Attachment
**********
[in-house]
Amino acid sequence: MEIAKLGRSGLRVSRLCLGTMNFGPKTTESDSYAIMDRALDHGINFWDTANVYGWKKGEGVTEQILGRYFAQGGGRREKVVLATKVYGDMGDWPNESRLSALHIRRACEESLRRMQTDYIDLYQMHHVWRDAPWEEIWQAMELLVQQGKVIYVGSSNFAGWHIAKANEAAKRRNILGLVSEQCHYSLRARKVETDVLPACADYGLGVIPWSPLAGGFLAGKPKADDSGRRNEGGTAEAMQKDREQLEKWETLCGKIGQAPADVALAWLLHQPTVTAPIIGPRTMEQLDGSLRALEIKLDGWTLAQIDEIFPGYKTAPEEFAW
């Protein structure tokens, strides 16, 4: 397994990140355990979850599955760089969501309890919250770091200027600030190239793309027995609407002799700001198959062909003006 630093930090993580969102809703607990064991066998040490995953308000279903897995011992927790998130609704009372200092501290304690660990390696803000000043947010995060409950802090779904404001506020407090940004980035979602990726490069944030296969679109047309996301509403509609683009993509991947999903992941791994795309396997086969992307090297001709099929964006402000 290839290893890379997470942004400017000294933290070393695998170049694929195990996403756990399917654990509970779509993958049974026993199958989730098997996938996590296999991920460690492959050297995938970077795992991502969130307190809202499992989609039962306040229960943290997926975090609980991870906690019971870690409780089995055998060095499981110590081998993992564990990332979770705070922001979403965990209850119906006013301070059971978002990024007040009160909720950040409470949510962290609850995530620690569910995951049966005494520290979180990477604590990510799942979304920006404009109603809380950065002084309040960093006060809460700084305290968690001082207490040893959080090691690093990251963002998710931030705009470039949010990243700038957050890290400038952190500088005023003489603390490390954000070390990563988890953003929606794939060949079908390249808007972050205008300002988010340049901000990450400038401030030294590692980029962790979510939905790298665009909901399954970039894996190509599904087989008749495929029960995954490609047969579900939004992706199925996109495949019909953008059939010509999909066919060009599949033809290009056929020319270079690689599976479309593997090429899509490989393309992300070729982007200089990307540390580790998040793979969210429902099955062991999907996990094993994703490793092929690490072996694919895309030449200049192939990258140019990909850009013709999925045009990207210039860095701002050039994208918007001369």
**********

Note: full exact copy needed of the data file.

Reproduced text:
[in-house]
Amino acid sequence: MEIAKLGRSGLRVSRLCLGTMNFGPKTTESDSYAIMDRALDHGINFWDTANVYGWKKGEGVTEQILGRYFAQGGGRREKVVLATKVYGDMGDWPNESRLSALHIRRACEESLRRMQTDYIDLYQMHHVWRDAPWEEIWQAMELLVQQGKVIYVGSSNFAGWHIAKANEAAKRRNILGLVSEQCHYSLRARKVETDVLPACADYGLGVIPWSPLAGGFLAGKPKADDSGRRNEGGTAEAMQKDREQLEKWETLCGKIGQAPADVALAWLLHQPTVTAPIIGPRTMEQLDGSLRALEIKLDGWTLAQIDEIFPGYKTAPEEFAW
């Protein structure tokens, strides 16, 4: 397994990140355990979850599955760089969501309890919250770091200027600030190239793309027995609407002799700001198959062909003006 630093930090993580969102809703607990064991066998040490995953308000279903897995011992927790998130609704009372200092501290304690660990390696803000000043947010995060409950802090779904404001506020407090940004980035979602990726490069944030296969679109047309996301509403509609683009993509991947999903992941791994795309396997086969992307090297001709099929964006402000 290839290893890379997470942004400017000294933290070393695998170049694929195990996403756990399917654990509970779509993958049974026993199958989730098997996938996590296999991920460690492959050297995938970077795992991502969130307190809202499992989609039962306040229960943290997926975090609980991870906690019971870690409780089995055998060095499981110590081998993992564990990332979770705070922001979403965990209850119906006013301070059971978002990024007040009160909720950040409470949510962290609850995530620690569910995951049966005494520290979180990477604590990510799942979304920006404009109603809380950065002084309040960093006060809460700084305290968690001082207490040893959080090691690093990251963002998710931030705009470039949010990243700038957050890290400038952190500088005023003489603390490390954000070390990563988890953003929606794939060949079908390249808007972050205008300002988010340049901000990450400038401030030294590692980029962790979510939905790298665009909901399954970039894996190509599904087989008749495929029960995954490609047969579900939004992706199925996109495949019909953008059939010509999909066919060009599949033809290009056929020319270079690689599976479309593997090429899509490989393309992300070729982007200089990307540390580790998040793979969210429902099955062991999907996990094993994703490793092929690490072996694919895309030449200049192939990258140019990909850009013709999925045009990207210039860095701002050039994208918007001369």